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September 15, 2004 :: State of Oklahoma Sees Some Improvement in National Report Card

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A national higher education study released today shows progress in Oklahoma in three of five areas measured, with one remaining the same and one declining. Each category has been tracked for several years, and the state of Oklahoma has ongoing programs to address higher education’s performance.

In Measuring Up 2004: The State-by-State Report Card for Higher Education released today by the National Center for Public Policy and Higher Education, Oklahoma’s grades improved in the areas of preparation, completion and benefits. There was no change in affordability and a decrease in participation.

In addition, Oklahoma was one of only five states that was given a “plus” for a new category – “learning.” These states participated in a pilot project that measures how successful higher education is in making sure that actual learning takes place during a student’s time in college.

“This report is one of many different ways to measure the performance of the state system,” said Chancellor Paul G. Risser. “We will carefully analyze all of the results and continue to find ways to improve our overall performance.”

The report sited several strengths, particularly in the areas of preparation, completion and benefits. For example, achievement gaps are widening in many states for minority and low-income students, but not in Oklahoma. In fact, the gains in ACT scores over the past decade are largely due to increases in minority and low-income student score increases. In Oklahoma, African American students consistently outscore their national peers on the ACT, as do American Indian students. Oklahoma’s Hispanic students have done so for the past four years.

The Oklahoma Higher Learning Access Program (OHLAP) also contributes to student preparedness while providing financial aid to students who complete the program’s requirements. Since the 1999-2000 school year, OHLAP enrollment has risen by 200 percent, while completion of the OHLAP curriculum has increased from 61 percent to 69 percent during that same time period. Annually, OHLAP students, on average, score higher on the ACT, have a better GPA, attend college at a greater rate and continue in college at a greater rate than their peer groups. With other highly respected programs and initiatives such as the Educational Planning and Assessment System (EPAS) and Gaining Early Awareness and Readiness for Undergraduate Programs (GEAR UP), the structure is in place to make continued improvements.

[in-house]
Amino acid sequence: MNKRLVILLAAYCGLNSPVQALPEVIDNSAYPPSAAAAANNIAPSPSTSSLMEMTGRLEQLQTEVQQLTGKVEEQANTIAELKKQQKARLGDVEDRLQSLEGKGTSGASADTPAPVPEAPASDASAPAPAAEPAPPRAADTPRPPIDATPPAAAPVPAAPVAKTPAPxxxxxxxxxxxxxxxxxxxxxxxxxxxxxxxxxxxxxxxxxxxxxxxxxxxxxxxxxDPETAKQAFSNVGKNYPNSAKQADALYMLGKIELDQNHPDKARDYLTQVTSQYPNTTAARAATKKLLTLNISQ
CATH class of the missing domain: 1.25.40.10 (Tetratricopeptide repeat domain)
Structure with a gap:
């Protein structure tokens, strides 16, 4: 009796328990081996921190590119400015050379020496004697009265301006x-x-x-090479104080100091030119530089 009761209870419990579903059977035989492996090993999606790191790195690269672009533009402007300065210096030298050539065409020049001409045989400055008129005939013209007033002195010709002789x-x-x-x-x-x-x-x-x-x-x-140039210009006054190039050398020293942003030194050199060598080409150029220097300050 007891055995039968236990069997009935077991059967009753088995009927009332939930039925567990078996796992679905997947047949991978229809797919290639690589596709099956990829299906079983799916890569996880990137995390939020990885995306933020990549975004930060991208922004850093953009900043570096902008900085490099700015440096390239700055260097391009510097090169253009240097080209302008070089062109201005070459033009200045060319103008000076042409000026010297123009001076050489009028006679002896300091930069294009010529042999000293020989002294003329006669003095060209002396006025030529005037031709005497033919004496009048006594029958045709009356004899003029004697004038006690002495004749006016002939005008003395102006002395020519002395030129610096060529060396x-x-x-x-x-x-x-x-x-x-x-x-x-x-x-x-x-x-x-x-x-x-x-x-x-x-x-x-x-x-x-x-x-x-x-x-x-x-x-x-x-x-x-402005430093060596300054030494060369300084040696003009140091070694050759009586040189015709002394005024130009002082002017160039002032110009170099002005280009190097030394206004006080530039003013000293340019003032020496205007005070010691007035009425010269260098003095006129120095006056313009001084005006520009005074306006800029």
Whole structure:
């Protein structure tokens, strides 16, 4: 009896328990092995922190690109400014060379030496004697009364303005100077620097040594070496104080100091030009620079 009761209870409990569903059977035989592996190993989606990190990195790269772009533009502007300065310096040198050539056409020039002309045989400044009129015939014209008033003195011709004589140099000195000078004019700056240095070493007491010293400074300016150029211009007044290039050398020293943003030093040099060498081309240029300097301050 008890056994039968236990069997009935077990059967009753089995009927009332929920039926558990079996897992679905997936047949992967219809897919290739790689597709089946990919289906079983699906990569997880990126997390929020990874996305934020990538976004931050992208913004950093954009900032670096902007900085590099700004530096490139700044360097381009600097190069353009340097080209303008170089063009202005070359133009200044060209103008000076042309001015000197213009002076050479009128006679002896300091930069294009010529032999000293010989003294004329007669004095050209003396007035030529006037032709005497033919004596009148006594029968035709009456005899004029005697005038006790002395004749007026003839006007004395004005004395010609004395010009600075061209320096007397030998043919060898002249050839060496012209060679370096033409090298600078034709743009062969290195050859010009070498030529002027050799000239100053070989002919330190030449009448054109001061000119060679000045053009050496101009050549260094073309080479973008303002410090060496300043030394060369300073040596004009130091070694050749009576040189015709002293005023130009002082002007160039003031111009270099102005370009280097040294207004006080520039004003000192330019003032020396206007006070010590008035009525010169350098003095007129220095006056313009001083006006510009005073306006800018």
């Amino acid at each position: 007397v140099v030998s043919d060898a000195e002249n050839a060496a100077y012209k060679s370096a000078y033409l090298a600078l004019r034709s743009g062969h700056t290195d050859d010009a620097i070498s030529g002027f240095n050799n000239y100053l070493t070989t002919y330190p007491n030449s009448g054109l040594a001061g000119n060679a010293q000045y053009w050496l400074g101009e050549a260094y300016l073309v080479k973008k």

State officials find the report to be helpful in many ways but are concerned that one of the grades seems to distort the facts and does not portray an accurate picture of performance. The report uses a variety of data sources to reach its conclusions, and the affordability grades are suspect. Nationwide, 36 states, including Oklahoma, received a failing grade in affordability, and only three states made higher than a “D.” In fact, four of the six states surrounding Oklahoma received an “F,” the other two a “D,” The indicators do not take into account many financial aid sources and are susceptible to changes in family income and the overall economy.

Oklahoma’s students benefit from a high-quality education and enjoy some of the lowest tuition in the country, and the state’s campuses are experiencing record enrollment. And, student aid has increased despite state funding for higher education that is $14 million below the 2001 level.

As in other states, tuition has increased in recent years. However, in Oklahoma, student financial aid has increased at a rate three times faster than the total state appropriation for higher education during the past 10 years. Similarly, from 1992-93 to 2002-03, the total amount of tuition waiver scholarships awarded by Oklahoma public institutions increased by 136 percent.

Risser recognizes the importance of continued improvement in all areas measured by the report. “We have shown improvement in several areas and the Legislature has been very supportive of our efforts,” he said. “I think we have every reason to believe that we will continue to make good progress.”

Measuring Up 2004 is the third national report card on higher education. The first was published in 2000.